Alpha Omega Labs

Amazonian & Andean Medicinals

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  1. Ajo Té -- Herbal Tea (85 g.)

    Ajo Té -- Herbal Tea (85 g.)

    $9.95

    Ajo Té is powerful traditional from the Amazon, used as a general blood purifier, preventative for colds and flus, and in larger, more regular quantities, as an adjunctive in the treatment of a wide variety of degenerative diseases: Learn More
  2. Canchalagua - Herbal Tea (85g.)

    Canchalagua - Herbal Tea (85g.)

    $4.95

    Ground Leaves & Root of Canchalagua.

    Ground tea leaves: 85 gr. (net wt) Makes Nearly 2 Gallons of Tea (Using 11 g. or approx 1/3 cup to make one quart)

    Latin (botanical) Name: Schkuhria pinnata

    Summarized Description: Canchalagua is one of our native traditionals, and although originating from the Andes of South America, it has, over the past century, been naturalized to many places around the world. Like Ajo Té, canchalagua has a broad range of medicinal uses and because of its immune-boosting properties, there are few ailments that do not see at least some benefit from its use. Learn More
  3. Chanca Piedra - Herbal Tea (85g.)

    Chanca Piedra - Herbal Tea (85g.)

    $4.95

    Ground Leaves of Chanca Piedra

    Ground tea leaves: 85 gr. (net wt) Makes Nearly 2 Gallons of Tea (Using 11 g. or approx 1/3 cup to make one quart)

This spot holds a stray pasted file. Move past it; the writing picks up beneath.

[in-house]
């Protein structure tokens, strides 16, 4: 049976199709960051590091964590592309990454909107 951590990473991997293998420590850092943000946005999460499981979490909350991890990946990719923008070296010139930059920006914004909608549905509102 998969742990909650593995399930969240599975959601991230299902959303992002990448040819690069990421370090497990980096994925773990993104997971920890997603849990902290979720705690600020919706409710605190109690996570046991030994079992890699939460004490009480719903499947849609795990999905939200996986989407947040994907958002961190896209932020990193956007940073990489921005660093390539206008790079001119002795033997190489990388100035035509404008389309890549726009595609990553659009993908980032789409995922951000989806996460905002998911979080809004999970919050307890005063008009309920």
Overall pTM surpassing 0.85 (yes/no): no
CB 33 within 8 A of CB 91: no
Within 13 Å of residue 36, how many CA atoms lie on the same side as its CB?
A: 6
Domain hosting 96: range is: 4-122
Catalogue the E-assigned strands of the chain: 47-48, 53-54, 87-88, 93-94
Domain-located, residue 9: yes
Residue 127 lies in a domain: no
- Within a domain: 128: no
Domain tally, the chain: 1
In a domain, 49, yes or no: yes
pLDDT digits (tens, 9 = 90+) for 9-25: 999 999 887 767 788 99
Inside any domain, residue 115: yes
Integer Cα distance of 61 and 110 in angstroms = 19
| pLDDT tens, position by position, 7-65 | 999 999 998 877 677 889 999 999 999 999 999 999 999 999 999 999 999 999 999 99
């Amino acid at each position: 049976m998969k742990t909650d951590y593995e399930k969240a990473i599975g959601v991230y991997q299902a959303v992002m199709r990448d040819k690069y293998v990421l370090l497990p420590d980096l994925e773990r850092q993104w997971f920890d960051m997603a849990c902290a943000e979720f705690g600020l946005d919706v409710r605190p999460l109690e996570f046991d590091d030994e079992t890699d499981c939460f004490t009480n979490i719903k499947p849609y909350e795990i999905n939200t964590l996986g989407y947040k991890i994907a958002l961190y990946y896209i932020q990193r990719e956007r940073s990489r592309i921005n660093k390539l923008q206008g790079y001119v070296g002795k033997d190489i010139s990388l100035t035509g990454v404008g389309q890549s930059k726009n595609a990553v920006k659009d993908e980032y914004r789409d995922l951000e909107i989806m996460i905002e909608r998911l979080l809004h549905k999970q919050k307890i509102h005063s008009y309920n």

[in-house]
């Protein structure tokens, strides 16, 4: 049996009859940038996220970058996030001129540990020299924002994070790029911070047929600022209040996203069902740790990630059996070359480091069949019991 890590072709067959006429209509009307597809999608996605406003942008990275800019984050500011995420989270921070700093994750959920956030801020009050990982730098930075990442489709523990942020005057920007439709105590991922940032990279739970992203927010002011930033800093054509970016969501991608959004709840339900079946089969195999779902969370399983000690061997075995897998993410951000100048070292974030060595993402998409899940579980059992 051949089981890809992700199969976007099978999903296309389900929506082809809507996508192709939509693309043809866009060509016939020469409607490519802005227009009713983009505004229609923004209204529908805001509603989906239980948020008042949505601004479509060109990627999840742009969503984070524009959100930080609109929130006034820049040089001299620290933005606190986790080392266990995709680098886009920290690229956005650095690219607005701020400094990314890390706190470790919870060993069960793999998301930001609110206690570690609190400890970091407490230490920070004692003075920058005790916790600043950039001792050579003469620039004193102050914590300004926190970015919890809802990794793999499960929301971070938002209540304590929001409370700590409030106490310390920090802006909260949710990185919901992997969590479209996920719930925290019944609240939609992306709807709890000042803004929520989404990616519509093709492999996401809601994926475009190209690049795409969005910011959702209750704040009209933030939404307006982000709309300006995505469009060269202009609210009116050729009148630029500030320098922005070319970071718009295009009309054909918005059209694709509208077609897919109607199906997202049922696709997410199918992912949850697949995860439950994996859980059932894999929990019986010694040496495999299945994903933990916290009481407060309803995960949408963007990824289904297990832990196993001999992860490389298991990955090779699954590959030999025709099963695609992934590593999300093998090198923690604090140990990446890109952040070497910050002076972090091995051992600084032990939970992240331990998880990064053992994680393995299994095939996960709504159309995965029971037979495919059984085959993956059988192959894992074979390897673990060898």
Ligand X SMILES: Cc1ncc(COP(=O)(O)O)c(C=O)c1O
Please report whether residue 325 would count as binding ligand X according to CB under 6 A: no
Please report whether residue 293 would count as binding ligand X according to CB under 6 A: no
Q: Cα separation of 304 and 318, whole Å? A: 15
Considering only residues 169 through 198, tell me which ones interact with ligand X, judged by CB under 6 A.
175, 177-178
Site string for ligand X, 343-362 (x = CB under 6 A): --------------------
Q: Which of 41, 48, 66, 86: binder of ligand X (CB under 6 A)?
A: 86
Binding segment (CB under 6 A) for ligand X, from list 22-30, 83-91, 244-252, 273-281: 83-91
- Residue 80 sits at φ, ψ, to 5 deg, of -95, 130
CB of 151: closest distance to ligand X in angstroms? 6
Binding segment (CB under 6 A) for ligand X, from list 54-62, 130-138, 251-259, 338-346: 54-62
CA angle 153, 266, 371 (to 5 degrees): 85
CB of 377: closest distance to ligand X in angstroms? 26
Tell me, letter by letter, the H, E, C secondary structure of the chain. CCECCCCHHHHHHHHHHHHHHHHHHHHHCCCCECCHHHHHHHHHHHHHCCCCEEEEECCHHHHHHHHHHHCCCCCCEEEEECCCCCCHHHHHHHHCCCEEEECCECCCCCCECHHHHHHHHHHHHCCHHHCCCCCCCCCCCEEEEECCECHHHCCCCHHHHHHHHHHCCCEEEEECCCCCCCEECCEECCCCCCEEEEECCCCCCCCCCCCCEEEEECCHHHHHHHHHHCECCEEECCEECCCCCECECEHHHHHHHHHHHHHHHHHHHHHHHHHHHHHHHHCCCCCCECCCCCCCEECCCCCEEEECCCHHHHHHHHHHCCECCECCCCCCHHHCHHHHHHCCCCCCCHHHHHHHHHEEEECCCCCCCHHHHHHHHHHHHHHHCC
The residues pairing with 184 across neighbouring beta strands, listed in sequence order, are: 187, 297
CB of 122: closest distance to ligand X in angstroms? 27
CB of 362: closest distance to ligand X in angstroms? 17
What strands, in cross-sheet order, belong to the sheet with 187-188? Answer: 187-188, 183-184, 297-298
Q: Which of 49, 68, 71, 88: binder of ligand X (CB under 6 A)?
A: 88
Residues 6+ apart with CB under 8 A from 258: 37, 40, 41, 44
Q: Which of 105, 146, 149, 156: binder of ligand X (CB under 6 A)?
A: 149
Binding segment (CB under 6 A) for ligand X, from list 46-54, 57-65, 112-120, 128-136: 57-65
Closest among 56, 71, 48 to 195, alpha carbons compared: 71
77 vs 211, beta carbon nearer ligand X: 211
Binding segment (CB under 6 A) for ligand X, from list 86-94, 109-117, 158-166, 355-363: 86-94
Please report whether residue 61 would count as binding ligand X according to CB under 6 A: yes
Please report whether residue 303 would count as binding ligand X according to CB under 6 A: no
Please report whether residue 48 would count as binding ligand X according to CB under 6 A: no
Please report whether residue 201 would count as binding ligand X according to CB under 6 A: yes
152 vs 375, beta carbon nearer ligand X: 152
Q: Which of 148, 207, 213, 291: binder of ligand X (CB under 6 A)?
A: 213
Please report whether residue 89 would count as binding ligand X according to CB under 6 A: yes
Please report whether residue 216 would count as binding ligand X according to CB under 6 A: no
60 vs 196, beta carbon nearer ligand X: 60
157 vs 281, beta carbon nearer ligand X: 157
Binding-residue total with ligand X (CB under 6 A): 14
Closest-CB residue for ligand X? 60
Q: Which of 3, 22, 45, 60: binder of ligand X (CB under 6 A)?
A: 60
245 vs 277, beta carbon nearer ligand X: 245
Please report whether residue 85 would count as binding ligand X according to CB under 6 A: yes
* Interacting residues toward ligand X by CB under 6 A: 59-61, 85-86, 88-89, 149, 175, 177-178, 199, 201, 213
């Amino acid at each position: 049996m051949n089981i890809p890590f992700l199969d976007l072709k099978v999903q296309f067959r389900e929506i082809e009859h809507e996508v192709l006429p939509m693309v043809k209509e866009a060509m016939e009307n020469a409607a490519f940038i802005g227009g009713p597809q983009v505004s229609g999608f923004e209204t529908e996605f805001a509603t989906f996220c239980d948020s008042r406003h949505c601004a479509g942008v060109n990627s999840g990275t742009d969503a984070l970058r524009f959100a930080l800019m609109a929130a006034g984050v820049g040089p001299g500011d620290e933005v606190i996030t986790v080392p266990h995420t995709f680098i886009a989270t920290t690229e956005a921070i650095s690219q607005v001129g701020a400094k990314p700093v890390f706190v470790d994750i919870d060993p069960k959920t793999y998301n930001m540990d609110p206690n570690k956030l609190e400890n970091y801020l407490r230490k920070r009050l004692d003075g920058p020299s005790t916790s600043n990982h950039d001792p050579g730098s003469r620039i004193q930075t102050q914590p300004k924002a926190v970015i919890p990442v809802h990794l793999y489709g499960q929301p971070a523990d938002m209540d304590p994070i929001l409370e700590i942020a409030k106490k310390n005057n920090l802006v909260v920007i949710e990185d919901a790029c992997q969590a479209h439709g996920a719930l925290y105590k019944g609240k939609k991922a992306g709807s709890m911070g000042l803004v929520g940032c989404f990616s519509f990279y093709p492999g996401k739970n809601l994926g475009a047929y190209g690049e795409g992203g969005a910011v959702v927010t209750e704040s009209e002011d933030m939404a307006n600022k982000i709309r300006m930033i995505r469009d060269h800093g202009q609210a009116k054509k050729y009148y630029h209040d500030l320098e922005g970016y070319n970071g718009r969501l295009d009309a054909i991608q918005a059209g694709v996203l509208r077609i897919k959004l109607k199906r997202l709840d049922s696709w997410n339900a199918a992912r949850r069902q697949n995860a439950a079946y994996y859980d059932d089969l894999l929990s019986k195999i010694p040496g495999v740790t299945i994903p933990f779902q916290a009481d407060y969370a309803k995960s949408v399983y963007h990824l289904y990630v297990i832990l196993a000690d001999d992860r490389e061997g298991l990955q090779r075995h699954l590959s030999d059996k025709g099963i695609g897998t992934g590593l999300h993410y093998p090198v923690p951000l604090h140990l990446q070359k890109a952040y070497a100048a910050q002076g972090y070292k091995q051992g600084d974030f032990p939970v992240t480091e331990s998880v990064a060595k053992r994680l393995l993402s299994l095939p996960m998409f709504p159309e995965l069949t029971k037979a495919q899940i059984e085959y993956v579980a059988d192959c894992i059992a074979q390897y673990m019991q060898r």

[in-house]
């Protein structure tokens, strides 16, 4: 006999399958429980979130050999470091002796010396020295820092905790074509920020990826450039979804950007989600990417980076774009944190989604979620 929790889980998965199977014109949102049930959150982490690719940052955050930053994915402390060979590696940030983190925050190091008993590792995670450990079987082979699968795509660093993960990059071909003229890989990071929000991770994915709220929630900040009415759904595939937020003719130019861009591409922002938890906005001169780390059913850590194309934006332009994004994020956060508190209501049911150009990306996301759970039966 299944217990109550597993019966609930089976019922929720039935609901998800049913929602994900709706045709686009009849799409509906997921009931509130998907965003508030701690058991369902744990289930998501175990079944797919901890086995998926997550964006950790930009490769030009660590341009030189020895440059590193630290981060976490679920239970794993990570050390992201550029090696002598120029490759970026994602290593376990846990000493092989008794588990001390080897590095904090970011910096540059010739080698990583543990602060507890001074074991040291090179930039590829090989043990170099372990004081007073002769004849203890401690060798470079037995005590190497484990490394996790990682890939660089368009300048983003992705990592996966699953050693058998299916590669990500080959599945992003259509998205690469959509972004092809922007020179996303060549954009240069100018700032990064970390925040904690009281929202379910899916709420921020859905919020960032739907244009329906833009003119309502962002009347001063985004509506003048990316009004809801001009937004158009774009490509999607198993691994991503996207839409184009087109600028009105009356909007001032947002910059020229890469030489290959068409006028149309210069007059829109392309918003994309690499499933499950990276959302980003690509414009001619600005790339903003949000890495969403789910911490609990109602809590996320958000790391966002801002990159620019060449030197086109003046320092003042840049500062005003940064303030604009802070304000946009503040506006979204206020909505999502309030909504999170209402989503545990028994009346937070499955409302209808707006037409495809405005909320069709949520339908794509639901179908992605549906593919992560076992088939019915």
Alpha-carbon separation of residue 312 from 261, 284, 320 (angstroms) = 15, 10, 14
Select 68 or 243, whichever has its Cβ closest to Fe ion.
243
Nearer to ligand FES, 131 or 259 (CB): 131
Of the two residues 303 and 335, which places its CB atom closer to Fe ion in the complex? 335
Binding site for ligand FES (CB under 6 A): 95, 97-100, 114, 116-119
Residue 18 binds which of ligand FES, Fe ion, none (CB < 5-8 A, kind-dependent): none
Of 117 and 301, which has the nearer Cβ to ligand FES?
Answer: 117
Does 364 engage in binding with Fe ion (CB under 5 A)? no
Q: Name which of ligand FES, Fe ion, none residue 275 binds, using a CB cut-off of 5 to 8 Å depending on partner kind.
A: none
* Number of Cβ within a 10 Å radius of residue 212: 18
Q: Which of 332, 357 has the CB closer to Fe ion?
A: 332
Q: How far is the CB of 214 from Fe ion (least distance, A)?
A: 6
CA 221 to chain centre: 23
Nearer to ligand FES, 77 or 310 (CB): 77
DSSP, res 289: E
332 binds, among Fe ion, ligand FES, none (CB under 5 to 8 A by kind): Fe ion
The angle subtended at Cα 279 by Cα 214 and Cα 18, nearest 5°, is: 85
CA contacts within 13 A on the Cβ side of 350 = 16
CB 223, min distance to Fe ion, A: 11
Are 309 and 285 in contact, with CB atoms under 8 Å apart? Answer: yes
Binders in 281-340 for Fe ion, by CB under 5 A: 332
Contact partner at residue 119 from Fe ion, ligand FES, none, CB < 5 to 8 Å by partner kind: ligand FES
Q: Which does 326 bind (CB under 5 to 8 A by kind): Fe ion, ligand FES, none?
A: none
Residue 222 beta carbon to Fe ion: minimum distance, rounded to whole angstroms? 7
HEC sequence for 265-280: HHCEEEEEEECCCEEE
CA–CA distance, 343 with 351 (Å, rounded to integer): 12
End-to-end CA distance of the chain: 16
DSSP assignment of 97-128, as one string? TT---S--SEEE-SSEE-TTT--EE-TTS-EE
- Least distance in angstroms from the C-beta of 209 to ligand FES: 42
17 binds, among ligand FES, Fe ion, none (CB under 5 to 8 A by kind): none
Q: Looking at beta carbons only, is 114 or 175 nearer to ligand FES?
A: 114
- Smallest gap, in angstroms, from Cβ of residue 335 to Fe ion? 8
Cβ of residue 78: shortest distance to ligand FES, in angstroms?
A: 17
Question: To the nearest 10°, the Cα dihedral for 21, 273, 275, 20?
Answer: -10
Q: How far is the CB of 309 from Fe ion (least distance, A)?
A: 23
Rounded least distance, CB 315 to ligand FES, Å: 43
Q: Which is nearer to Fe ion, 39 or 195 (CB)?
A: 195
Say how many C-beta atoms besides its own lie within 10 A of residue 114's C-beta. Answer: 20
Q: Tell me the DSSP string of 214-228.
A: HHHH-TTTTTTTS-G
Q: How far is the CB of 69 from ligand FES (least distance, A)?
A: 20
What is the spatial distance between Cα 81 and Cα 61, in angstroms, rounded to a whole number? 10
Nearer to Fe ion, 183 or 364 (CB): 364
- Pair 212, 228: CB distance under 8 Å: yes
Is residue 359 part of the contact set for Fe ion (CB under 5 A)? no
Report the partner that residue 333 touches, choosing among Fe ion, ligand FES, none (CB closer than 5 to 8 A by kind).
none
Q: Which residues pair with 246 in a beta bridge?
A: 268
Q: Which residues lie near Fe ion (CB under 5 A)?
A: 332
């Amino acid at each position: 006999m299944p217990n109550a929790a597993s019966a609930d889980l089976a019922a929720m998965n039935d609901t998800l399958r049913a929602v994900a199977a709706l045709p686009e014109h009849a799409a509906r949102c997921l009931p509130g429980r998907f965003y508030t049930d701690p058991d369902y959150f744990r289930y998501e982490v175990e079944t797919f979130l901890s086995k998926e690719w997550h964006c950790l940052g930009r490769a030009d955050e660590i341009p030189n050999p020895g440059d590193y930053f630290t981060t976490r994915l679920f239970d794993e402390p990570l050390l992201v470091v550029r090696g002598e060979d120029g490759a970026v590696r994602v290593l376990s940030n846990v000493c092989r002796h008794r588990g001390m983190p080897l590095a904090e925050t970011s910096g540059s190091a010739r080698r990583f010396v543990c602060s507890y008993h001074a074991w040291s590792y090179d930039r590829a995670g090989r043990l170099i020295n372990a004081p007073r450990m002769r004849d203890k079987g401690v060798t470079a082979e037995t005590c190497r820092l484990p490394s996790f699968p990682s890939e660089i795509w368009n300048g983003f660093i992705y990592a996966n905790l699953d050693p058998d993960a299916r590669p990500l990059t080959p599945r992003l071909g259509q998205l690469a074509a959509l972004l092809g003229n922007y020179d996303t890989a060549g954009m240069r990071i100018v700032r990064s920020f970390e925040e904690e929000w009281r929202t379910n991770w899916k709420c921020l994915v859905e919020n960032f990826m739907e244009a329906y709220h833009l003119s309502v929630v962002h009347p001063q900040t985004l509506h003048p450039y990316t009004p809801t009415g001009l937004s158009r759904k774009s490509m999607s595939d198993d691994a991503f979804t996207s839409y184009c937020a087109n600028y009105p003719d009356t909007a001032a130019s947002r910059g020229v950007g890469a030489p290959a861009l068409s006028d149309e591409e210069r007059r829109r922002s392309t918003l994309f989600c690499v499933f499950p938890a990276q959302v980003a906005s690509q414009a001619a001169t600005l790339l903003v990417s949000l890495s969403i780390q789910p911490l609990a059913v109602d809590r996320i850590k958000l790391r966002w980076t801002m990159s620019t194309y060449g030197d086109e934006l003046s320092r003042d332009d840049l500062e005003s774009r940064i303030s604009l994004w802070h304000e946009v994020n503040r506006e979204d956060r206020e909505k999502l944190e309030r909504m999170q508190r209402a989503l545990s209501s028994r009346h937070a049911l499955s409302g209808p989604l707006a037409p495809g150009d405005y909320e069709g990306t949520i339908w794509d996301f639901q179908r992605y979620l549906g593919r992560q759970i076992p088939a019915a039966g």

Latin (botanical) Name: Phyllanthyus niruri

    Summarized Description: Chanca Piedra -- which literally means "stone breaker," due to its ability to break up and dissolve kidney stones -- is one of our native traditionals. It also possesses the ability to impair certain calcium-forming organisms ("nanobacteria") which, in turn, cause inflammation and the production of bad calcium in the body. (It is widely believed that a host of disease conditions are tied to the overproduction of bad calcium in the body.)
    This product can be used as tea using the instructions below, and it also lends itself to encapsulation by experienced end users. Learn More
  4. Chaparral - Herbal Tea (85g.)

    Chaparral - Herbal Tea (85g.)

    $4.95

    Pulvarized Leaves of "Hembra Jarilla"

    Pulvarized leaves: 85 gr. (net wt) Makes About 6 Liters of Tea (Using 15 g. or 1/2 oz. to make one liter / quart)

    Latin (botanical) Name: Larrea divaricata

    Summarized Description: Chaparral is a traditional in South America, where the species here, Larrea divaricata, corresponds to Larrea tridentata in the U.S. and Mexico. It is better known as "Hembra jarilla" in the deserts of native Peru, where we have the leaves wildcrafted and milled.